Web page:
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Is GameFi subject to the same market forces as the traditional game industry?

Web3 and Web2 games differ in several key areas, but the market forces that govern their success might be the same.



Source: Cointelegraph

Web2 games and GameFi might differ in several key areas, but many of the market forces that govern success or failure are very much the same — at least according to several experts who spoke with Cointelegraph.

Games in the Web2 market are governed by market demand, profitability, consumer purchasing power and competition among game developers, of which a handful of large developers and producers dominate larger games. All these factors contribute to the success or failure of a title in the mainstream market.

Speaking to Cointelegraph, Andy Koh, CEO of GEMs — an esports aggregator platform — said that fundamentally, GameFi is subject to many of the same market forces that govern success or failure in the mainstream market. One key factor in particular is maintaining a robust player base.

“The pillars of engaging gameplay, graphics, immersive experiences and a vibrant community remain pivotal in both Web2 and Web3 games,” he said.

“The Web3 gaming industry has to acknowledge that, without a dedicated player community, any game, whether traditional or blockchain-based, faces challenges in achieving sustained success and optimal NFT or token sales.”

Using some elements from the Web2 game market, GameFi combines traditional gaming elements with blockchain technology, allowing for ownership of in-game items and rewards in digital assets, such as nonfungible tokens (NFTs).

GameFi titles will generally focus on creating a stable, sustainable environment based on digital assets with real-world value and aim for long-term growth. Many Web2 games focus more on external forces, such as new releases replacing the original.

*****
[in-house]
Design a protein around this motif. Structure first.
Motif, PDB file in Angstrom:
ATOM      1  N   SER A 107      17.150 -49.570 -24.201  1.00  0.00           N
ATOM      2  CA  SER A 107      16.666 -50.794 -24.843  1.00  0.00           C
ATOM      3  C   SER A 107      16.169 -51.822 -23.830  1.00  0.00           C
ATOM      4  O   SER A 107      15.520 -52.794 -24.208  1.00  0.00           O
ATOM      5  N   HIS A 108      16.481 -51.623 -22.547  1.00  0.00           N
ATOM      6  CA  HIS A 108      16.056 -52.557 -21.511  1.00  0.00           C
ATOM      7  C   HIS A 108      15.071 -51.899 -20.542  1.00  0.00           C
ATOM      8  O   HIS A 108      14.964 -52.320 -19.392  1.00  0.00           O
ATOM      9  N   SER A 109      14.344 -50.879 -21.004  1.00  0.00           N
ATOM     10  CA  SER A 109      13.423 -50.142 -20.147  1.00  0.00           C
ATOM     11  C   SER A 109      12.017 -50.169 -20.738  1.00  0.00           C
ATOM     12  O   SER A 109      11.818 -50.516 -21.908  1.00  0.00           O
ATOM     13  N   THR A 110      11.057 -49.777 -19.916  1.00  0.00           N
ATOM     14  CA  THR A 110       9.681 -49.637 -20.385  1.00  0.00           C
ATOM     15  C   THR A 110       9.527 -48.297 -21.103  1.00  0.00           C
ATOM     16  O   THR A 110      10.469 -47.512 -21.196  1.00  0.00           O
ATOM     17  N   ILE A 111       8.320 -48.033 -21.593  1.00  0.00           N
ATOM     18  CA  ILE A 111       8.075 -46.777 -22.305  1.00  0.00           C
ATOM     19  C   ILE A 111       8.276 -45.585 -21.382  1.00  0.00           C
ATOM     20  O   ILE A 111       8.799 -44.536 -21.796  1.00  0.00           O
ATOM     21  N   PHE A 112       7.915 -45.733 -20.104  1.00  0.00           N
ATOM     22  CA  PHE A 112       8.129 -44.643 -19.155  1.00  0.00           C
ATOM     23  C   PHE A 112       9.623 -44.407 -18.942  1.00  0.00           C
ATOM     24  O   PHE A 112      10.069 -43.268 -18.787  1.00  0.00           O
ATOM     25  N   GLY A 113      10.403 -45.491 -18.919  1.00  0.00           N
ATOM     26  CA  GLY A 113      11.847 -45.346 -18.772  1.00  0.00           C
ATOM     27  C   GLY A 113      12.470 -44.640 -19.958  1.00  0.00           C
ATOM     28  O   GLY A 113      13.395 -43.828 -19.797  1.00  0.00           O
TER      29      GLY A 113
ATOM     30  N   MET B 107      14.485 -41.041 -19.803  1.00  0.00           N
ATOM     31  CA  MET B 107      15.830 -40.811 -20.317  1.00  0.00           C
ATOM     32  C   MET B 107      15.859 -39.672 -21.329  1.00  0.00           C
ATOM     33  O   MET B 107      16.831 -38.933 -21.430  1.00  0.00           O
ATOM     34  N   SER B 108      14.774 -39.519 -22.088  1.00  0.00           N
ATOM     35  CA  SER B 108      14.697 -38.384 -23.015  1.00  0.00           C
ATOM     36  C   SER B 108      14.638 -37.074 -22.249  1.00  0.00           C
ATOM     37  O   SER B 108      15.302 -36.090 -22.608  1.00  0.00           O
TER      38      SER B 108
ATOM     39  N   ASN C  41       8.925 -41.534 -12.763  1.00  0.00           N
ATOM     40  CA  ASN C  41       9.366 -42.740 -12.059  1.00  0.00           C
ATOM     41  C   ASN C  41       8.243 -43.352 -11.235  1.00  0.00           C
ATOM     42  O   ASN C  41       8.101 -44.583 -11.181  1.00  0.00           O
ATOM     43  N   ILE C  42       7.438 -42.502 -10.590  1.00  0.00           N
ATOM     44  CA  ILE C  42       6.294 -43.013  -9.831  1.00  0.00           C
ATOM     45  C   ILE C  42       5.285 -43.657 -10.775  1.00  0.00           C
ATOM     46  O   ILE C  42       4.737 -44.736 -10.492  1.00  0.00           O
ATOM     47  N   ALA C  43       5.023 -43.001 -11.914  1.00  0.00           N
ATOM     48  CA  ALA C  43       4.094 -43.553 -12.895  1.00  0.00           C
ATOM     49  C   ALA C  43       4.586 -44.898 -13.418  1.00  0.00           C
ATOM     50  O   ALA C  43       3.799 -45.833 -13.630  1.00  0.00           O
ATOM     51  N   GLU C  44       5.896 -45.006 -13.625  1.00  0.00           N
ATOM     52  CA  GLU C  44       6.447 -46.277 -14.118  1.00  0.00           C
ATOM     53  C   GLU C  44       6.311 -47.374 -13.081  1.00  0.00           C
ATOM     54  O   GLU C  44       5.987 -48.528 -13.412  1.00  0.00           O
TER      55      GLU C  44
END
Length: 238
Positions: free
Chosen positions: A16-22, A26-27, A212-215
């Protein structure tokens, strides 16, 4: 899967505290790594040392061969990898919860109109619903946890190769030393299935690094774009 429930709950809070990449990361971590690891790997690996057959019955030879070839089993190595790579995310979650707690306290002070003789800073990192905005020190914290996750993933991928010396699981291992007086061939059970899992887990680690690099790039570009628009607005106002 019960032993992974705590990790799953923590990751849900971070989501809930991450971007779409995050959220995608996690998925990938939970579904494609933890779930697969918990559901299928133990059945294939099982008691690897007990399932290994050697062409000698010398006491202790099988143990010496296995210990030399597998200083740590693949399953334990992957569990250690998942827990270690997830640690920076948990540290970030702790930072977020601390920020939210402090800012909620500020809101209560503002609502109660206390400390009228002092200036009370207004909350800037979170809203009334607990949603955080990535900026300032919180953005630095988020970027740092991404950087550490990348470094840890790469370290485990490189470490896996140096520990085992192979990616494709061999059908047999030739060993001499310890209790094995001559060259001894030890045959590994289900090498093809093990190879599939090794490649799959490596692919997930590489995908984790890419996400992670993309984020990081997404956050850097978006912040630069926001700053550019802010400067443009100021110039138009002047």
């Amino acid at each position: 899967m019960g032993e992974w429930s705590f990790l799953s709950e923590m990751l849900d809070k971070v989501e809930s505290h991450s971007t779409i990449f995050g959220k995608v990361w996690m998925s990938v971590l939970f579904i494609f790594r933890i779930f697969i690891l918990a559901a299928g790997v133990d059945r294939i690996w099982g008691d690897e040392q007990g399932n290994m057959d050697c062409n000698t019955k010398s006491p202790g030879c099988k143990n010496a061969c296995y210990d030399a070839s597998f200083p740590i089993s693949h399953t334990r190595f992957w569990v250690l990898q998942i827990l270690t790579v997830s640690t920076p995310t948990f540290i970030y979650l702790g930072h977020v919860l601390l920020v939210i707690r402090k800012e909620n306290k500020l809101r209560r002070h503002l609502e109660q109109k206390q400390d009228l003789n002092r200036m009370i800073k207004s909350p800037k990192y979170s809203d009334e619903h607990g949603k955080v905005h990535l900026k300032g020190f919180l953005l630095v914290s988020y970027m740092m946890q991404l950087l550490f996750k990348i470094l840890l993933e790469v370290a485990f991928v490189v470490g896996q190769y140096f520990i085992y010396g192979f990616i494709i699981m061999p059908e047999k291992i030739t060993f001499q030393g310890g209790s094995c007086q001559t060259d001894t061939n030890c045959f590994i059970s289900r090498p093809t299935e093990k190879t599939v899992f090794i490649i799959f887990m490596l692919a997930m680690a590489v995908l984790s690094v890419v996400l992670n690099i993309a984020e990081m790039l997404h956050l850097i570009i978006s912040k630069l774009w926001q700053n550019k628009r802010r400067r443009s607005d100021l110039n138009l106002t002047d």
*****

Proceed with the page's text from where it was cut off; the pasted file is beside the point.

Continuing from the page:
Steam is one of the most popular online platforms for traditional games. According to data gathering platform Statista, there are over 73,000 games available on Steam as of 2024. Last year alone, 14,457 games were added to the library, up from 12,533 the previous year, according to data from aggregating website SteamDB.

Rather than moving away from its core focus and shifting to the traditional gaming market models of mass production to survive long term, Koh thinks a smaller, more subtle change is required for Web3 games and GameFi in general.

According to Koh, many blockchain and Web3 gaming founders grasp the key factors necessary for long-term sustainability and success. However, they can sometimes get too caught up in pleasing investors, leading to substantial marketing budgets that are often misallocated, sometimes at the expense of actual game development.

“From 2021 to 2023, there has been a notable emphasis on token NFT plays, overshadowing the essential aspect of acquiring dedicated gamers.”

“Long-term sustainability remains a formidable challenge, especially when it detracts from the core focus of building and refining the game. Striking a balance between satisfying investor expectations and ensuring the longevity of the project is pivotal,” he added.

All games are governed by stickiness and profitability

Roy Kek, co-founder and CEO of Singaporean gaming and esports company Emerge Group, told Cointelegraph that Web2 and Web3 are governed by the same market forces and measures for success.

“Ultimately, prioritizing enjoyable gameplay, community building and effective user-retention mechanisms will be crucial, regardless of whether a game is Web2 or Web3,” he said.